• If that is not feasible, this post from Terse Systems has good guidance on dealing with custom code.


In closing, we understand that today’s application infrastructure is complex and you don’t own/control all the code that runs in your environment. This specific deserialization vulnerability is much larger than any of us initially anticipated – spanning across open source components, third-party commercial tools and our own custom code. Other organizations should treat this seriously as it can result in remote code execution and implement security controls for long-term remediation, and not stop just at patching the commons-collections library. To summarize:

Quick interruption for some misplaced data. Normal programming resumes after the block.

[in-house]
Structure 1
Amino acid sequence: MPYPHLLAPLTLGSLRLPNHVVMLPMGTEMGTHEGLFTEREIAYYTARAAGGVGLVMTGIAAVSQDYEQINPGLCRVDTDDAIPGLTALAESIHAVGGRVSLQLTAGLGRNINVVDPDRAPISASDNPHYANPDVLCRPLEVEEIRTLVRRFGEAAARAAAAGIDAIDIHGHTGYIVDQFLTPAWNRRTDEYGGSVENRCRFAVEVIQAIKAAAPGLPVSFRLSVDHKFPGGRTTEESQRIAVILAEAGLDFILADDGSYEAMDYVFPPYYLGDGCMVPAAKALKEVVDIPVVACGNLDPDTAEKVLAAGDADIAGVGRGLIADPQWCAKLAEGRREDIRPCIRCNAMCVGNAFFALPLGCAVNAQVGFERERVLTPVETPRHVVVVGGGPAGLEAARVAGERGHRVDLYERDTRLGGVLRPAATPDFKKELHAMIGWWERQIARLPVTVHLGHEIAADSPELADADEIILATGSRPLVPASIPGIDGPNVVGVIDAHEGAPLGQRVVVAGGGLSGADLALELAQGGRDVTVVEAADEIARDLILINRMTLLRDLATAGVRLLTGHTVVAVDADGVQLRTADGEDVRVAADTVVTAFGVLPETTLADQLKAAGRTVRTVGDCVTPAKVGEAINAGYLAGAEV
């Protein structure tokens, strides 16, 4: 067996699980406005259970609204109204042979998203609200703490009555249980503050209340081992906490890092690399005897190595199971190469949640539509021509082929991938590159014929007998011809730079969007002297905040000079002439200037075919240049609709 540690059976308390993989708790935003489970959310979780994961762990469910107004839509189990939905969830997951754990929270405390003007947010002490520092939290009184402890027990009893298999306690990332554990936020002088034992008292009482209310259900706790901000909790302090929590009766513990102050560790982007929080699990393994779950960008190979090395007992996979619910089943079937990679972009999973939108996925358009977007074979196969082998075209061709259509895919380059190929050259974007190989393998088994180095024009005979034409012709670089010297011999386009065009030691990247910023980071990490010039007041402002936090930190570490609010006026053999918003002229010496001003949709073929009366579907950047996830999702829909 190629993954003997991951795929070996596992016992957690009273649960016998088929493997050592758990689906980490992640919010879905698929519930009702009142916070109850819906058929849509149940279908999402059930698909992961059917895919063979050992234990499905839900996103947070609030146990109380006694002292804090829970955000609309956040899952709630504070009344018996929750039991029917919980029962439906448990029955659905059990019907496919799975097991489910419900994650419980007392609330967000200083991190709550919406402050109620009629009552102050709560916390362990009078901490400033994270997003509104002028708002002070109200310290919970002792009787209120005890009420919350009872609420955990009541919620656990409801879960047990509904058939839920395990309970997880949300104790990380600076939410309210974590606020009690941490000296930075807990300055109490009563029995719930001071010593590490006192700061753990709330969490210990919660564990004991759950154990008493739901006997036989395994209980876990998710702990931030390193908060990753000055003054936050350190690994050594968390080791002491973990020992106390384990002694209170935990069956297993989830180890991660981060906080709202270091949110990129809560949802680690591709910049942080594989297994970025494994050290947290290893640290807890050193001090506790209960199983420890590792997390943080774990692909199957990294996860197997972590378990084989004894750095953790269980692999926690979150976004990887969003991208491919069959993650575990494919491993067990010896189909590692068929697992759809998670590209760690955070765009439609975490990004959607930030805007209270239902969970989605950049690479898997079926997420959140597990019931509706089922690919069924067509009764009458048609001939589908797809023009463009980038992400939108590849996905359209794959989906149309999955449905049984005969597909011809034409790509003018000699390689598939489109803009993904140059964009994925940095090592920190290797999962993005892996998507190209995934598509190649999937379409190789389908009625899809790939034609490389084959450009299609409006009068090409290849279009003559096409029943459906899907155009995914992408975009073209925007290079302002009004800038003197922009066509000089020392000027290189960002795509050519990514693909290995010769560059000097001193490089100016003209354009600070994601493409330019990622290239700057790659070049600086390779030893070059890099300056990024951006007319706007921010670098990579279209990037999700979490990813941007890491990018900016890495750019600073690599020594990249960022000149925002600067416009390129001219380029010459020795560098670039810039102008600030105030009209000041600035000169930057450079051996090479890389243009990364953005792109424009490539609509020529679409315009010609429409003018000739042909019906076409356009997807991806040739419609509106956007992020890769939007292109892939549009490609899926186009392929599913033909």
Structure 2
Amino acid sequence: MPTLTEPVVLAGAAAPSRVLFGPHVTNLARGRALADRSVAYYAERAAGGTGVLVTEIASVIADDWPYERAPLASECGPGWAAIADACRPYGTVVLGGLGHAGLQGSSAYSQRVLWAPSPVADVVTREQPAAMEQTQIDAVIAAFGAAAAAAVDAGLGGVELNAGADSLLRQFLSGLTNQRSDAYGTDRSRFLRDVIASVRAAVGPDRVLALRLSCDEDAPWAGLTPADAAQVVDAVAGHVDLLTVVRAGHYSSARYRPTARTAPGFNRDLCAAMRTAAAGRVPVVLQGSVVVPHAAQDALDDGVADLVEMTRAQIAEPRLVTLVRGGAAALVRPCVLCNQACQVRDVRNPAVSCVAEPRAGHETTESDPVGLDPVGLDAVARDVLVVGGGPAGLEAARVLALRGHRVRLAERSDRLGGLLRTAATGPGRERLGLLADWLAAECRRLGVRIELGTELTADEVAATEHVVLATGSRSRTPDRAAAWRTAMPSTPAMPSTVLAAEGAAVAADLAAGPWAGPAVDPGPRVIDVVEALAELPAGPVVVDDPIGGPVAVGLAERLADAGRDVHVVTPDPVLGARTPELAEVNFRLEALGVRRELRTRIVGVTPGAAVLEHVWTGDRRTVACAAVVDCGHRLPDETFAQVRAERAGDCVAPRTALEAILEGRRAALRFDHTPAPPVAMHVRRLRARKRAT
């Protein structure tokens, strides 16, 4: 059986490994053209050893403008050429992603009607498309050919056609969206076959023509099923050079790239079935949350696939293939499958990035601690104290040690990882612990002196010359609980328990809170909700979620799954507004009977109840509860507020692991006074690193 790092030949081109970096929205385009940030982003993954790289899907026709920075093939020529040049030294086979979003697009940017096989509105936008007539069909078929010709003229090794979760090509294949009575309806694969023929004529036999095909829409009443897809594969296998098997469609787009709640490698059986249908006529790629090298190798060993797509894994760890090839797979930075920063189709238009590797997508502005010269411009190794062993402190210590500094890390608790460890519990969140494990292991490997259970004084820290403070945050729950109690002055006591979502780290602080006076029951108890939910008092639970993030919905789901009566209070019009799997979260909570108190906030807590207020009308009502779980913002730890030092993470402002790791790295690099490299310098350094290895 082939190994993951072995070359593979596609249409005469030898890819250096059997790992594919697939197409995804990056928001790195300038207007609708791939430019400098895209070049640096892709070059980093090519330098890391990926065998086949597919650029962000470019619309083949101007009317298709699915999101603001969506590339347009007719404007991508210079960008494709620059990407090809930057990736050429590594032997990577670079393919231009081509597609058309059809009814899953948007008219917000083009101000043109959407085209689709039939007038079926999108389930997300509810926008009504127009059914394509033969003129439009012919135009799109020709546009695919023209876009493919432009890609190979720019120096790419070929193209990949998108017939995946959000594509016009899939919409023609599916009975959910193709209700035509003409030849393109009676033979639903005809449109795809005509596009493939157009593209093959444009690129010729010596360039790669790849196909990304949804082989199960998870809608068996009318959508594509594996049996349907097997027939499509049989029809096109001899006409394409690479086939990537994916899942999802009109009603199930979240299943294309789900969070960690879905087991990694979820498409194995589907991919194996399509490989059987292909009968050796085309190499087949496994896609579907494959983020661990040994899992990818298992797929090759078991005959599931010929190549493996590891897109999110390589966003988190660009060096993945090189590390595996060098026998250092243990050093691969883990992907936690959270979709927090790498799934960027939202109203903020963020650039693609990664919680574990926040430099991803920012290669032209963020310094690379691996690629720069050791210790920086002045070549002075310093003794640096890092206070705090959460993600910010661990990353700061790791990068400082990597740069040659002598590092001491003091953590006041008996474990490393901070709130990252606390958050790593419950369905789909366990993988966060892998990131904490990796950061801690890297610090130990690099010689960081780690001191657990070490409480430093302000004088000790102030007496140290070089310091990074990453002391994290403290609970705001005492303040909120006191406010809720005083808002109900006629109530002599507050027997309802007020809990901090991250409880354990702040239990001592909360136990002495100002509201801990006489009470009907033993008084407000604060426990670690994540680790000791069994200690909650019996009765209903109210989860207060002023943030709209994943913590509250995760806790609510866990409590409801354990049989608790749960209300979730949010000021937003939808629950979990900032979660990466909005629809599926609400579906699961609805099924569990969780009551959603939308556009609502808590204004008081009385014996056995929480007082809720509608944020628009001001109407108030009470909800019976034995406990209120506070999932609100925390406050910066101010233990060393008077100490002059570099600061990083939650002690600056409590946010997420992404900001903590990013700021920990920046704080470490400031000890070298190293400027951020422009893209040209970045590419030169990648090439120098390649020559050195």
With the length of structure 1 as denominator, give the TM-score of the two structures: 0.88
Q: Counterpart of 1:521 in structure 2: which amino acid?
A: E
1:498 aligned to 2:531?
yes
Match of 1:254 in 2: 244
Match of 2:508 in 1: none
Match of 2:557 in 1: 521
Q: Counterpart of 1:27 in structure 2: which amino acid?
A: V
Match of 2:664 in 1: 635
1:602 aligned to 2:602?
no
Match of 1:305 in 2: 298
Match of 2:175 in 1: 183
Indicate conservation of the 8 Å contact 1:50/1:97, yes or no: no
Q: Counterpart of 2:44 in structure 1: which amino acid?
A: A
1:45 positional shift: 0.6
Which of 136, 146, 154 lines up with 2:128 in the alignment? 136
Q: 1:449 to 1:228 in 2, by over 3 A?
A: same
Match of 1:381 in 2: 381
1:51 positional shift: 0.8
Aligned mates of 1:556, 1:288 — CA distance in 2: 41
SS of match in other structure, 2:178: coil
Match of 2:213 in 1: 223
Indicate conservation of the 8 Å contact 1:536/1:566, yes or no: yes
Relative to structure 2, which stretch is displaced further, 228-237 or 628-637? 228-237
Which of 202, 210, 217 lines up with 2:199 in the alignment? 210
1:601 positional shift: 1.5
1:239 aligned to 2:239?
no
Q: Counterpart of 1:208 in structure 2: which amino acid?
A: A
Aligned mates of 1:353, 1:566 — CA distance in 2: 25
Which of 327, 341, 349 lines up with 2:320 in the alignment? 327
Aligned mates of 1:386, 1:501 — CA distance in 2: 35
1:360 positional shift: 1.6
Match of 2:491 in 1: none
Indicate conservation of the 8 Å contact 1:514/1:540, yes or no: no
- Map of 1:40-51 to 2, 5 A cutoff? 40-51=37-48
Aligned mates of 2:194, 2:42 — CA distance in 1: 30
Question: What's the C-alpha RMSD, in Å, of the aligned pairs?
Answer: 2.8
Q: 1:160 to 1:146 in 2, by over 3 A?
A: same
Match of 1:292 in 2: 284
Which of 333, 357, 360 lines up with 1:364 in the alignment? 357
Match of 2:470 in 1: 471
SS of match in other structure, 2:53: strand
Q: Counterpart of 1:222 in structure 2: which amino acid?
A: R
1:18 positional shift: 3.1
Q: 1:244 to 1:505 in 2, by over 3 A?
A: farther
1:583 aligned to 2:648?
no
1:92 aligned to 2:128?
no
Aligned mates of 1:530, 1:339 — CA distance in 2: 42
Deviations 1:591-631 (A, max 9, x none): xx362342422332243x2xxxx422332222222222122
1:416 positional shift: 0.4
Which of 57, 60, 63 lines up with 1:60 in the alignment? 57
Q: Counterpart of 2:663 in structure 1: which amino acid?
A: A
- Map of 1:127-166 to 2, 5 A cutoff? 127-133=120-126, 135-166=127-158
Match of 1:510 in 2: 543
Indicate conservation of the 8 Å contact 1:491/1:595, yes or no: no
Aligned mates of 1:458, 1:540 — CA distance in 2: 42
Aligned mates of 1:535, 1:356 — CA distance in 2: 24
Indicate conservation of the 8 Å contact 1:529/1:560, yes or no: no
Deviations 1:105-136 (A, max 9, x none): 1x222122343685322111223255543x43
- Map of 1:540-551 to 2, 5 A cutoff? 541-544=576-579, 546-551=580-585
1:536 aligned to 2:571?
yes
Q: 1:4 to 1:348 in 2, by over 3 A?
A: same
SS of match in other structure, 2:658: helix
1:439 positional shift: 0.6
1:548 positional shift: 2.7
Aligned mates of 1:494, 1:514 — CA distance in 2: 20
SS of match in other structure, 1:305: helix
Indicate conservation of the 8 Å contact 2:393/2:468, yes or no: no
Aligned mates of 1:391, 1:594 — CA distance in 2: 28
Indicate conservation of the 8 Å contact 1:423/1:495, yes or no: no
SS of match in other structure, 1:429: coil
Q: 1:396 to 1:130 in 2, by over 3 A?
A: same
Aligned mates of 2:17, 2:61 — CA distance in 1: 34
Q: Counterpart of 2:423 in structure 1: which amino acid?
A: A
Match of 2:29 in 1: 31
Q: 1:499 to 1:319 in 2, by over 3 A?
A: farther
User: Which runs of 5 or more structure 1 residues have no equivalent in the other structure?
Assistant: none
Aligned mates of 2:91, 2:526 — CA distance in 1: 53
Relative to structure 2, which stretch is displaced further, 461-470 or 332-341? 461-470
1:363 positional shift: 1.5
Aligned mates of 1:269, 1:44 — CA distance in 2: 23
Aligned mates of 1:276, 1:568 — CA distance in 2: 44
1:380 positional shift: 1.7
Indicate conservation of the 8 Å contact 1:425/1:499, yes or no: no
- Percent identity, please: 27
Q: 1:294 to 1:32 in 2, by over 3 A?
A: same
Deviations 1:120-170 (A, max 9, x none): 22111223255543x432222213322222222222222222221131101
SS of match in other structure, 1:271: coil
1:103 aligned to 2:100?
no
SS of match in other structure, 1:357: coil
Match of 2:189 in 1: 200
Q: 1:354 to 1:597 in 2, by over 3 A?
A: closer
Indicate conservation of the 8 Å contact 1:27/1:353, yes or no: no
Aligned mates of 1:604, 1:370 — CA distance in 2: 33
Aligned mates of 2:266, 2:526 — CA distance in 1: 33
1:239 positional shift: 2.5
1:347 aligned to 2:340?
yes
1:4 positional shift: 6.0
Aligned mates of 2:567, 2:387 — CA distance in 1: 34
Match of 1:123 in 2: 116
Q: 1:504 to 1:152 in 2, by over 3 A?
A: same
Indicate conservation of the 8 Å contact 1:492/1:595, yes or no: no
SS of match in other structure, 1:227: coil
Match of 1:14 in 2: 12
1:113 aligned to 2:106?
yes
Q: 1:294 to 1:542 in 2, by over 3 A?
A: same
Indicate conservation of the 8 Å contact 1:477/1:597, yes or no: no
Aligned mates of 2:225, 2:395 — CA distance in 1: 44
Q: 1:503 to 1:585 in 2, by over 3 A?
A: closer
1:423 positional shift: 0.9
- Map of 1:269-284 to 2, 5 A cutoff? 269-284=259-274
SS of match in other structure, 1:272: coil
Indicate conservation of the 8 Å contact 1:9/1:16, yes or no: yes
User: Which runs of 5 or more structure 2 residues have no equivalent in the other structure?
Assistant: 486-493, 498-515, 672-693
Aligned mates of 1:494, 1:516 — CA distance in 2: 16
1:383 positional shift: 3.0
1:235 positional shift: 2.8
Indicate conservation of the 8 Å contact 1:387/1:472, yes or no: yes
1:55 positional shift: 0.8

• We turned around to quickly patch known vulnerabilities to protect our customers
  • We are investing in tools and technologies that help inventory our applications, libraries and their dependencies in a much faster and smarter way
  • We are streamlining our application upgrade process to be even more agile in responding to such large-scale threats
  • We changed our policy on fixing security bug fixes during moratorium – we now mandate fixing not just P0 and P1 bugs – but also P2 bugs (e.g., internal apps that are not exposed to the Internet).